MAP International

A 7.8 magnitude earthquake left hundreds dead and thousands homeless in Ecuador. Global relief organizations are on the ground there to provide assistance. One of them is Georgia-based MAP International.  We talk with MAP President and CEO Steve Stirling and Stella Losado, the group's community health specialist.

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We’re are joined by our Friday panel in The Breakroom to dissect the week’s news, including the benefits of listening to live music and the issue of corporal punishment in the Georgia school system. The Breakroom gang also discusses the  infamous pepper spray incident at UC Davis and why satirical news outlet The Onion has become so successful over the years.

Joining us in the Breakroom this week are:

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This Saturday, several white power groups will descend on Stone Mountain, Georgia to hold a joint rally. The event has garnered attention from anti-white power groups, who will also be attending the rally in protest. And in Rome,  The National Nazi Party will hold their annual meeting on the same night. The groups then plan to meet up in Paulding County where a cross burning has been advertised.

Atlanta Journal-Constitution watchdog reporter Chris Joyner joins us to discuss the two different events and whether Georgia has become a hot-bed for white nationalist groups. 

Robert Shaw: Man of Many Voices

When you talk about classical music in Atlanta, the one name you're likely to come across is Robert Shaw.  The former conductor and music director of the Atlanta Symphony Orchestra was known as a "choral giant." A new documentary called “Robert Shaw: Man of Many Voices,” tells his story. Filmmaker Kiki Wilson reflects on Shaw's storied career with Nick Jones, the ASO's former program annotator.

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Ponce De Leon Avenue stands as one of Atlanta’s most culturally significant streets. It served as a line of demarcation during segregation and evolved into a hotspot for music, entertainment and contemporary religion in downtown Atlanta. VICE producer Akil Gibbons recently released the mini-documentary entitled “Streets by VICE: Atlanta.”

In the short film, Gibbons travels along the important roadway and experiences some of Atlanta’s unique culture first-hand. We talk with him about what makes Ponce special.

Canton Jones

Georgia pastor and singer Canton Jones appears on the Oxygen TV reality series, Preachers of Atlanta. Jones added two more songs to our Georgia Playlist. He chose songs by Ray Charles and Usher.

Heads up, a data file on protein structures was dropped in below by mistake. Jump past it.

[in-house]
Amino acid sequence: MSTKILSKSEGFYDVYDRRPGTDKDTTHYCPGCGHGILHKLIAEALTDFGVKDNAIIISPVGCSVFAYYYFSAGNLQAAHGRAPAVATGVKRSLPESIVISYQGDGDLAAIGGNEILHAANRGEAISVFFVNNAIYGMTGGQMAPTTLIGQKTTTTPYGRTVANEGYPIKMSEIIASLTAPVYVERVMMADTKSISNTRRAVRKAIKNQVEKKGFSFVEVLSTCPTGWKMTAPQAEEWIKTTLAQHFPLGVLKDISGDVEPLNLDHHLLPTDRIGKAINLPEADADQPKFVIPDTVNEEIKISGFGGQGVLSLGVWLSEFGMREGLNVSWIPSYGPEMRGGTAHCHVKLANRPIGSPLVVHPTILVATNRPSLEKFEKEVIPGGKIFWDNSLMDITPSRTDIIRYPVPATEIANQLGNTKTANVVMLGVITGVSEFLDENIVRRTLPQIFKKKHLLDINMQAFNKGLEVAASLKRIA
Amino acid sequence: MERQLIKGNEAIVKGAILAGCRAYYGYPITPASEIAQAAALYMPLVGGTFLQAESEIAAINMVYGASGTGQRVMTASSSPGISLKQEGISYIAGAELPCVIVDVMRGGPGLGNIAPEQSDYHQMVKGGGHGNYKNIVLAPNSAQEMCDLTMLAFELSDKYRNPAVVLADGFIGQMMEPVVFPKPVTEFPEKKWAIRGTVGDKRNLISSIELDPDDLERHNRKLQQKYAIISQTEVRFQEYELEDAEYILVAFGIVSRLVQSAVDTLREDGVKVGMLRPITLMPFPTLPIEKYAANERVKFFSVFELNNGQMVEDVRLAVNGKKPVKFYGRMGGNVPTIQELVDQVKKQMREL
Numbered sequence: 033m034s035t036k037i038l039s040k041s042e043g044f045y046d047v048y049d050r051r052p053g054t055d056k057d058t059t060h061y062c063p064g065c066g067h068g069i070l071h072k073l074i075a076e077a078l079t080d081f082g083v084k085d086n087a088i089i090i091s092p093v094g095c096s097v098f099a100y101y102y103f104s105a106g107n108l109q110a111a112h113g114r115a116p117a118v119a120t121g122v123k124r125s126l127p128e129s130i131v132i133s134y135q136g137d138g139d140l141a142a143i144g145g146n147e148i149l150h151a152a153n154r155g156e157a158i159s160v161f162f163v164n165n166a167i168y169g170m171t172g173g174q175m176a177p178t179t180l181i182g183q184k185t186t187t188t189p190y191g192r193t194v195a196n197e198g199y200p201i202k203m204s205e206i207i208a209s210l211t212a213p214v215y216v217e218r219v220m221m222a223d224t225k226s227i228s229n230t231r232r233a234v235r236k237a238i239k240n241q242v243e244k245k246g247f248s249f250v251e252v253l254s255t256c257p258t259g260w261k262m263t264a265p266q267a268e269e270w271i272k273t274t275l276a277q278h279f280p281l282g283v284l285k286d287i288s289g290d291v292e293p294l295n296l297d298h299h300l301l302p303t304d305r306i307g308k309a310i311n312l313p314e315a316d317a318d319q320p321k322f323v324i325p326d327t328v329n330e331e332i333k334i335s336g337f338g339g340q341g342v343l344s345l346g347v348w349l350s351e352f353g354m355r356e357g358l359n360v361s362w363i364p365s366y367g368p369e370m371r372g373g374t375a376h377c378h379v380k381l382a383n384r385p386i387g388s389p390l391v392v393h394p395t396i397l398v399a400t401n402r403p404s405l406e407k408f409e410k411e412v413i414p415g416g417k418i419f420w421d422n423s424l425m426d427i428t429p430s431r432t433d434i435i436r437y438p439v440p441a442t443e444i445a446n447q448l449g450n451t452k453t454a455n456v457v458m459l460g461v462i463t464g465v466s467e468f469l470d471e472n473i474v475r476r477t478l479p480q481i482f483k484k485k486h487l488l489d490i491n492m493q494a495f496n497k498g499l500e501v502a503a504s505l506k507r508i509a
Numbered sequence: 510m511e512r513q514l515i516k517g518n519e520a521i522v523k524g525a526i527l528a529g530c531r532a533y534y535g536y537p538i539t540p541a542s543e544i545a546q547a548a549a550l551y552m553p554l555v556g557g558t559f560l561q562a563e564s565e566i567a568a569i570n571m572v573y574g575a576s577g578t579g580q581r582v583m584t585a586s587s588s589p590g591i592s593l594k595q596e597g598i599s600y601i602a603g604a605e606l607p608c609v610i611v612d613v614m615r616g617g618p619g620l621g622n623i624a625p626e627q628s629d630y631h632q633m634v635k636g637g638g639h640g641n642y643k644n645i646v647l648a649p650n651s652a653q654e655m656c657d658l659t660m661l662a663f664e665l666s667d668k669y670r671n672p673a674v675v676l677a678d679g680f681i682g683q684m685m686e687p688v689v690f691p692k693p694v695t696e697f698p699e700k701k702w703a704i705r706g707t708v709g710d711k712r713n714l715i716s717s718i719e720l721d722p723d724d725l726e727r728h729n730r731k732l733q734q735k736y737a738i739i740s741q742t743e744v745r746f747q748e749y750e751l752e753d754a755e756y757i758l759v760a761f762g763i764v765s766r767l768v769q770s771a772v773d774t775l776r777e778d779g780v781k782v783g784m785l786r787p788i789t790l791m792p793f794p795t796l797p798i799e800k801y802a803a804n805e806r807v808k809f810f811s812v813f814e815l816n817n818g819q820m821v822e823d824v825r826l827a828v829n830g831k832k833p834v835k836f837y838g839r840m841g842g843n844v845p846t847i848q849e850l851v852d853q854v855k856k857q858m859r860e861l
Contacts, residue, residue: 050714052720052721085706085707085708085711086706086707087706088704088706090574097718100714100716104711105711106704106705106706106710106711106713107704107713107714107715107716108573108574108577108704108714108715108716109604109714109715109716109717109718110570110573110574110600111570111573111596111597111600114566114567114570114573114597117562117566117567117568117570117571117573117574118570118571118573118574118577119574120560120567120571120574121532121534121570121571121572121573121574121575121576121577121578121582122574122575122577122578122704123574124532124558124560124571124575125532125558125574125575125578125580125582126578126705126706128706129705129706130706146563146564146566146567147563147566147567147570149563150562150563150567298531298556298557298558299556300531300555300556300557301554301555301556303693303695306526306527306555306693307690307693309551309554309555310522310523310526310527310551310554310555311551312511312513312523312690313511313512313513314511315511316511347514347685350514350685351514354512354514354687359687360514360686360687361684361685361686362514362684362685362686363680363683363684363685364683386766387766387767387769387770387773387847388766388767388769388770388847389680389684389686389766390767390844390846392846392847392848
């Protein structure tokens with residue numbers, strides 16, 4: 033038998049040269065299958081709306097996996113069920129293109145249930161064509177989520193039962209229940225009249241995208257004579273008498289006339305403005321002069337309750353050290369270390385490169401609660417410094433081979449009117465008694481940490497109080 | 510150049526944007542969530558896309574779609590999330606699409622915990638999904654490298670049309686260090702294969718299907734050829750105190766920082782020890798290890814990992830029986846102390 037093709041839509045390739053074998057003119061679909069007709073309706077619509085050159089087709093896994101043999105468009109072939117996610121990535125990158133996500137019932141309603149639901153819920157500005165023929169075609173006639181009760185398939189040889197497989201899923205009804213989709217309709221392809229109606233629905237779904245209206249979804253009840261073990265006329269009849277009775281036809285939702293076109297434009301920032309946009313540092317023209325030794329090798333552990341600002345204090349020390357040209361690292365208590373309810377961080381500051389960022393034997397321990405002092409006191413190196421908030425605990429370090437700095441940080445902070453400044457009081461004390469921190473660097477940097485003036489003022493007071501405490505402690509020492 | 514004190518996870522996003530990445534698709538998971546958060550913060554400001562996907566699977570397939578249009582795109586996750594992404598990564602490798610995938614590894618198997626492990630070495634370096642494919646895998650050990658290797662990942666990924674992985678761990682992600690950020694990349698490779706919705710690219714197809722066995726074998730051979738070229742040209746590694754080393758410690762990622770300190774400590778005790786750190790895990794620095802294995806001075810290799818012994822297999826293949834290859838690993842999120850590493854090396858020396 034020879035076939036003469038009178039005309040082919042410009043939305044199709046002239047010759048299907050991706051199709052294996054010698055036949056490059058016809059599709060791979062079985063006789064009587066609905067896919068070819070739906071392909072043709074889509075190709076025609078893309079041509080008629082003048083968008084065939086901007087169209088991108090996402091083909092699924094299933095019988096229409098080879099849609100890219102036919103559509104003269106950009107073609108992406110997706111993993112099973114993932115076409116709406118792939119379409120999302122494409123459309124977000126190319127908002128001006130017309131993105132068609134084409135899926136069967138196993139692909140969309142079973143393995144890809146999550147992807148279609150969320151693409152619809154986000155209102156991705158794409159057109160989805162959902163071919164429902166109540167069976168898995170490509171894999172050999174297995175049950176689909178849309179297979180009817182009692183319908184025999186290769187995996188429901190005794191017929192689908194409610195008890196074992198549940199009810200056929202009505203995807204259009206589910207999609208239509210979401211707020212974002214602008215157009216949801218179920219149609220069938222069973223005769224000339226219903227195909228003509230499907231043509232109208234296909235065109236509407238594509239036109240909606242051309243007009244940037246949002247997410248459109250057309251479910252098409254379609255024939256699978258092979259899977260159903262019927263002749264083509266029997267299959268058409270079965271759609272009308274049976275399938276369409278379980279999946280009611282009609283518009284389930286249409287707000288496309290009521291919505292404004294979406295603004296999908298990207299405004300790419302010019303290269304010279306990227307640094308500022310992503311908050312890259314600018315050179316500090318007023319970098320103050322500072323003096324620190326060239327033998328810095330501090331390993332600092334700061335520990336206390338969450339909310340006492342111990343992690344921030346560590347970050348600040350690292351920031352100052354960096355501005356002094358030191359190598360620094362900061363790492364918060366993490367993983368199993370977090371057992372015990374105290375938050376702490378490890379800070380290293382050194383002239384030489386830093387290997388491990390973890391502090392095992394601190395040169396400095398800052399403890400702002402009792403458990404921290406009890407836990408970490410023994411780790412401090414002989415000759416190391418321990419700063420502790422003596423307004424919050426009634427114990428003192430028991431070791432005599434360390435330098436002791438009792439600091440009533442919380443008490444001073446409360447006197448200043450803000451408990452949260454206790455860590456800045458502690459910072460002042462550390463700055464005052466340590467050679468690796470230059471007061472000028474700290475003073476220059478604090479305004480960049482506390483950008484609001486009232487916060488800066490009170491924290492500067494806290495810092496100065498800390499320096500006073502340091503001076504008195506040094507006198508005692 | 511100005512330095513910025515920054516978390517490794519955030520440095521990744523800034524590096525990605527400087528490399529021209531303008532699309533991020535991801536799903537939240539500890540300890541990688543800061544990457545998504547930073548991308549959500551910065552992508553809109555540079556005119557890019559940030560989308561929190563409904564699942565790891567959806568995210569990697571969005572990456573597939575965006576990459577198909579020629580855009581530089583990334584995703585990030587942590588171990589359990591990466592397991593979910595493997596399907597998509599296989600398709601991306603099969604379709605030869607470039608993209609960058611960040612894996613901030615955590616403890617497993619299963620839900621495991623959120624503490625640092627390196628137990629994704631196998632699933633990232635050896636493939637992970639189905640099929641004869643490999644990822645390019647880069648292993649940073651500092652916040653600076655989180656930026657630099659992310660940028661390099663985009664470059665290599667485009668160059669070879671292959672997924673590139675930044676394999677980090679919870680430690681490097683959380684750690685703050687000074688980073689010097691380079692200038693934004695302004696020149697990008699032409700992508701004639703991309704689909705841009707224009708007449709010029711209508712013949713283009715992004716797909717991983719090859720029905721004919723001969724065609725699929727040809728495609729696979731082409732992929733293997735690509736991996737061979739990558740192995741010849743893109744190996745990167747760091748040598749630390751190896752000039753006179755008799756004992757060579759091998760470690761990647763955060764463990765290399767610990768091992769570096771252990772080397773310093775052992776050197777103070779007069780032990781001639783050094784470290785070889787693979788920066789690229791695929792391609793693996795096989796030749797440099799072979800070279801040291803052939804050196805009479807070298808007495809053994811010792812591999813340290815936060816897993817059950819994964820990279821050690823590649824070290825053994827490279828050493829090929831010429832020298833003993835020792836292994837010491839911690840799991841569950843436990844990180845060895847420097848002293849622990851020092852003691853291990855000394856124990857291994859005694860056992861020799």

Georgia Says Goodbye To Prince

Apr 21, 2016
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The world lost one of its most influential performers this week. Prince Rogers Nelson, 57, was reported dead in his Paisley Park home in Minnesota on Thursday, April 21, 2016. The cultural icon played two evening shows at Atlanta's Fox Theatre just a week before. The audience couldn't have known they were witnesses to the the final performances of a legend.

Courtesy of Algonquin Books

Best-selling author and poet Robert Morgan draws his inspiration from the people and places he knew while growing up in the foothills of North Carolina. His latest novel "Chasing the North Star" is set after the passage of the 1850 Fugitive Slave Act and follows a runaway slave on his journey north through the Appalachian Mountains to freedom.

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Motorcar mogul Henry Ford has had a tremendous impact on a little town in coastal Georgia. When Ford established his winter home in the struggling area that would become Richmond Hill, he and his wife sought to uplift the town and bring an end to the poverty that characterized the area. They brought jobs to the community, ended malaria, and provided access to healthcare for a beleaguered citizenry. 

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Georgia may not be following in the footsteps of Colorado or Washington when it comes to legalizing recreational marijuana, but local politicians in the city of Clarkston are hoping to change the way that law enforcement deals with minor possession of the drug. Mayor Ted Terry is supporting legislation that would levy fines instead of arrests when less than an ounce of the drug is involved. 

Hear Mayor Terry's thinking behind the change in Clarkston's policy and how he feels about the "War on Drugs."